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Located adjacent to the New York State Pavilion—the host of the 1964 World's Fair—the USTA Billie Jean King National Tennis Center hosts the annual US Open Tournament, one of the oldest tennis championships in the world. In an effort to better utilize the sports campus, Detroit-based ROSSETTI developed a master plan to move the Grandstand Stadium to a far corner of the grounds. The relocation expanded USTA's leasable land into Flushing Meadows Corona Park.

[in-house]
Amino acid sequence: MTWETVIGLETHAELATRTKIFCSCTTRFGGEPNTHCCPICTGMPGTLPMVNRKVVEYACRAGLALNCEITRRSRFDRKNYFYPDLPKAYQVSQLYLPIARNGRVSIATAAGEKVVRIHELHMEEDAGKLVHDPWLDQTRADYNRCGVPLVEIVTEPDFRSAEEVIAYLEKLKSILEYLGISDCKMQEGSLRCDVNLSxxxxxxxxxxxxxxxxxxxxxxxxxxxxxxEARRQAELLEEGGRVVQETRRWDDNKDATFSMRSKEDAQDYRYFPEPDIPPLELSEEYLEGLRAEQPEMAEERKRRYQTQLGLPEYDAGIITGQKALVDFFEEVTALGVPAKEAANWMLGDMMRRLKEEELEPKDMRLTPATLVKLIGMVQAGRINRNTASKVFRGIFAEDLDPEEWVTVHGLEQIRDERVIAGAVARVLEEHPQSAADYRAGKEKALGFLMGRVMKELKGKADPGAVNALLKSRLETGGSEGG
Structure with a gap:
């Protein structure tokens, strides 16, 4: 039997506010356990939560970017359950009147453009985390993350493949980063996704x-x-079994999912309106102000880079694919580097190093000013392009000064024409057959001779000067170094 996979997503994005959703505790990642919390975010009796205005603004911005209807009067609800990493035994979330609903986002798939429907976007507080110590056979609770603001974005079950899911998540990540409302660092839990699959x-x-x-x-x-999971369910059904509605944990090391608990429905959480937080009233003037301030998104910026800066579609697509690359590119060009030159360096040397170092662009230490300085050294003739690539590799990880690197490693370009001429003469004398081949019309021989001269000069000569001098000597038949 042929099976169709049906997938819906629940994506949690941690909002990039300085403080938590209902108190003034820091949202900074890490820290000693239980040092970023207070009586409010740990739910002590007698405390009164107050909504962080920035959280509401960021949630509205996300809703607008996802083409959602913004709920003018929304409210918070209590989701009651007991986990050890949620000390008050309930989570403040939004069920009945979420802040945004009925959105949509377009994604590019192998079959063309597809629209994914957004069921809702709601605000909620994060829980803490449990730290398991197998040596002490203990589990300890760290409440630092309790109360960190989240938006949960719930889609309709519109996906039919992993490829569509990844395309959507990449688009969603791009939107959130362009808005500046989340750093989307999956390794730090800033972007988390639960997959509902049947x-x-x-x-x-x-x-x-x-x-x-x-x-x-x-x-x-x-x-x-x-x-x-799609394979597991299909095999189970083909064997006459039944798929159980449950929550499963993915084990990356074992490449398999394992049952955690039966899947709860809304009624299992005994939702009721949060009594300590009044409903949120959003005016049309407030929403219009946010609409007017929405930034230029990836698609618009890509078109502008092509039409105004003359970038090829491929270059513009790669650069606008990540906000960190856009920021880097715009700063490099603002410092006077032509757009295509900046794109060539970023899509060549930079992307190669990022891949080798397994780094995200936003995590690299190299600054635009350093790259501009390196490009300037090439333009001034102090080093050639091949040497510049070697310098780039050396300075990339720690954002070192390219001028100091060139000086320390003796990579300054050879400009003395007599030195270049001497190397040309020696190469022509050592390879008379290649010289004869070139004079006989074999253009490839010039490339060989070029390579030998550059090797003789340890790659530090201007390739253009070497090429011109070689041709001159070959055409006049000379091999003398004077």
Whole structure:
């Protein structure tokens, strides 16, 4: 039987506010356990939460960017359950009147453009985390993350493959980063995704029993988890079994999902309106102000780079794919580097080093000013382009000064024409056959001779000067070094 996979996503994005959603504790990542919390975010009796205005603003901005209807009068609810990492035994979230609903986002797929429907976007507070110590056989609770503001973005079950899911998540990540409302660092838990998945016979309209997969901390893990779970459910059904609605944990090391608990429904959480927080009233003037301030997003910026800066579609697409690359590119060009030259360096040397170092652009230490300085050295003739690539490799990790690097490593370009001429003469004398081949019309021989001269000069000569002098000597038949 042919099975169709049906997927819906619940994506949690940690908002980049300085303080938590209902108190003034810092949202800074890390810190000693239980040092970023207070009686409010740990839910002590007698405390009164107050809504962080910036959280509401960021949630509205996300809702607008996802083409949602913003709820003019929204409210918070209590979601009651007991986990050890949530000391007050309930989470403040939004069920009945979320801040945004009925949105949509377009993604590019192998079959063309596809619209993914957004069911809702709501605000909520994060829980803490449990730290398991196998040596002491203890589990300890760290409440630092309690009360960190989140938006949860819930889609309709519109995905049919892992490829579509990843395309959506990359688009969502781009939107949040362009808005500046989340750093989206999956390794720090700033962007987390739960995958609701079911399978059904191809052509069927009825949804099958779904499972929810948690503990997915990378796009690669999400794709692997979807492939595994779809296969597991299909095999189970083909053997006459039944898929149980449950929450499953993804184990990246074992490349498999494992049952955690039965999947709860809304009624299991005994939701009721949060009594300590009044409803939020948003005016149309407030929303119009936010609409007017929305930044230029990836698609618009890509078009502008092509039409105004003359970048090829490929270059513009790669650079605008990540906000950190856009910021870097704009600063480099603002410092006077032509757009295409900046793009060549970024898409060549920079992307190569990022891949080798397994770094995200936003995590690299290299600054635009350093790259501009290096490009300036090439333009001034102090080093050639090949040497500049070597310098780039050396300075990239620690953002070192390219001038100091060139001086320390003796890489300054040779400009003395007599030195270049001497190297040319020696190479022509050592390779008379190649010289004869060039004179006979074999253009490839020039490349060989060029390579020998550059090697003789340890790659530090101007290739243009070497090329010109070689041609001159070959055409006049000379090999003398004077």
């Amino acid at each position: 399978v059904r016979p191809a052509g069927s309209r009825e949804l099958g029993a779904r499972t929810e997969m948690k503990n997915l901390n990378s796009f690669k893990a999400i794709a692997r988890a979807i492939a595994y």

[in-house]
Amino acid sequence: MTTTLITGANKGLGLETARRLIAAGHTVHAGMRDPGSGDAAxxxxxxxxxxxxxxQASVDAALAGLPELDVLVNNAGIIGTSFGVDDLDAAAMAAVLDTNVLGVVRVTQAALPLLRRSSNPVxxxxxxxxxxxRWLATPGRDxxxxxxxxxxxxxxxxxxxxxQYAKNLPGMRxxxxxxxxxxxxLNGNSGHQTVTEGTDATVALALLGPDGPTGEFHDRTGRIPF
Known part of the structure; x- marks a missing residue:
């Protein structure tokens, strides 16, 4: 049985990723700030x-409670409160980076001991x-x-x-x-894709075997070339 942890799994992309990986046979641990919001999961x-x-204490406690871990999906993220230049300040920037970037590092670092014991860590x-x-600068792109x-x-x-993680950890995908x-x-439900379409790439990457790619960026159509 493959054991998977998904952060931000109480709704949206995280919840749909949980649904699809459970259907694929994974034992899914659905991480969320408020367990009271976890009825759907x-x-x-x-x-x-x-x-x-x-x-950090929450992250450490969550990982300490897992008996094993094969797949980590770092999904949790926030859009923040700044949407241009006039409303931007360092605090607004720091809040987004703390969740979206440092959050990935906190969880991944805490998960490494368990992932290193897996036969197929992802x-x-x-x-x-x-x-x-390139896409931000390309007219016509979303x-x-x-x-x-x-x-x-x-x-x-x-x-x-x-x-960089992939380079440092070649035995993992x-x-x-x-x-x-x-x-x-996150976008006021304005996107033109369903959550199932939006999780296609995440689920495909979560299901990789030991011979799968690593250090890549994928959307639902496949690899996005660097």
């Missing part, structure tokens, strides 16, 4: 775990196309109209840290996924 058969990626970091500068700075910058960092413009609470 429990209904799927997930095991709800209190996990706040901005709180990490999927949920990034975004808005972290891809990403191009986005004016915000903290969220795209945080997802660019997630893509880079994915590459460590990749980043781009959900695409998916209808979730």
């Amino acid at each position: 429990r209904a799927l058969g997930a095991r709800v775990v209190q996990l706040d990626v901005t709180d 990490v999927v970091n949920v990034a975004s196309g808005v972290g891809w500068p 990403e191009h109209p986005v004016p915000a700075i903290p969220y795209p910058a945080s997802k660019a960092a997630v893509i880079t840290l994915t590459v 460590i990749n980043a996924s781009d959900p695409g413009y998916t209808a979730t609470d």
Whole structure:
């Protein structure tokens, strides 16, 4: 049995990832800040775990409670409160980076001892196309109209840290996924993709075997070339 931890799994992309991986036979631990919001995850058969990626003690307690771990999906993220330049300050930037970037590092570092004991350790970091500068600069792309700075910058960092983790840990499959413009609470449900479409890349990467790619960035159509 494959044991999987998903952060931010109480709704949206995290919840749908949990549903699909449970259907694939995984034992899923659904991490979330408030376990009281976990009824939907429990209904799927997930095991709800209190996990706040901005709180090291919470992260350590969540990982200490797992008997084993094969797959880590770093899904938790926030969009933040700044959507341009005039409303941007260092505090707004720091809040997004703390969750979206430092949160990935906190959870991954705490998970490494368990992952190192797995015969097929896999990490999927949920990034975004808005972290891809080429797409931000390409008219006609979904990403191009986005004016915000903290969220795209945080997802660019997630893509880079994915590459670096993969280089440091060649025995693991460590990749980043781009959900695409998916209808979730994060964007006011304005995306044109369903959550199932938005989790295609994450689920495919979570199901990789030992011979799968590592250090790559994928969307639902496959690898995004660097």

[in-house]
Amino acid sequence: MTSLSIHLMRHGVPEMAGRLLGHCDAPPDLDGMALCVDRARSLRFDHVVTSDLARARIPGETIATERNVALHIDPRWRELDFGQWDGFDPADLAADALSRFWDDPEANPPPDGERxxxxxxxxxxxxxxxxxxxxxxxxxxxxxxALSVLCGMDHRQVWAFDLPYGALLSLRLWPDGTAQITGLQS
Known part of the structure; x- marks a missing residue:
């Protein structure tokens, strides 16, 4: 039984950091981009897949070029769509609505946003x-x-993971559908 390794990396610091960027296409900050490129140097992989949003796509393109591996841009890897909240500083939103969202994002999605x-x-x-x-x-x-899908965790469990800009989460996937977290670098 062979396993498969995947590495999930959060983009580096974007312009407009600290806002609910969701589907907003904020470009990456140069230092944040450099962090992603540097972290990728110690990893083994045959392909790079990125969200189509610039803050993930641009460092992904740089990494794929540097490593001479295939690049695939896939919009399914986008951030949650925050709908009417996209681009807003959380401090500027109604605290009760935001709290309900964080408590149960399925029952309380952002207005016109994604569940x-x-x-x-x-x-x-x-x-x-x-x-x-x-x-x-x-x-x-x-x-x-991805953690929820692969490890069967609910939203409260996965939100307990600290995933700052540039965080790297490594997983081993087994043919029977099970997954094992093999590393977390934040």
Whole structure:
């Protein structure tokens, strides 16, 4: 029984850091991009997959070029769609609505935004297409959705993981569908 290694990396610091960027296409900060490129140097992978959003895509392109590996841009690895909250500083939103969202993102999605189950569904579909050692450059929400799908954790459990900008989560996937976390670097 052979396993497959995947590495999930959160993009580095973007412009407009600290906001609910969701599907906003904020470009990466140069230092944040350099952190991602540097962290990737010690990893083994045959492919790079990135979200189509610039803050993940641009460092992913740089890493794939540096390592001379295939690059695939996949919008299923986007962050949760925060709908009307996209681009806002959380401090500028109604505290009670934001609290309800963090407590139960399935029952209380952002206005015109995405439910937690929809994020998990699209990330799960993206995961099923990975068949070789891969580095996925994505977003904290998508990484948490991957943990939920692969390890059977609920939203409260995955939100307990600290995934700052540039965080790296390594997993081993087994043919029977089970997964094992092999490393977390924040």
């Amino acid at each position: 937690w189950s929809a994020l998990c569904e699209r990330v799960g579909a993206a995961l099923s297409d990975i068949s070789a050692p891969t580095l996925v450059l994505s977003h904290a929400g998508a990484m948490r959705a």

• Facade Manufacturer Birdair
  • Architects ROSSETTI
  • Facade Installer Birdair
  • Facade Consultants Birdair; WSP (structural engineer)
  • Location Queens, NY
  • Date of Completion 2016
  • System steel frame with PTFE fabric
  • Products custom made PTFE fabric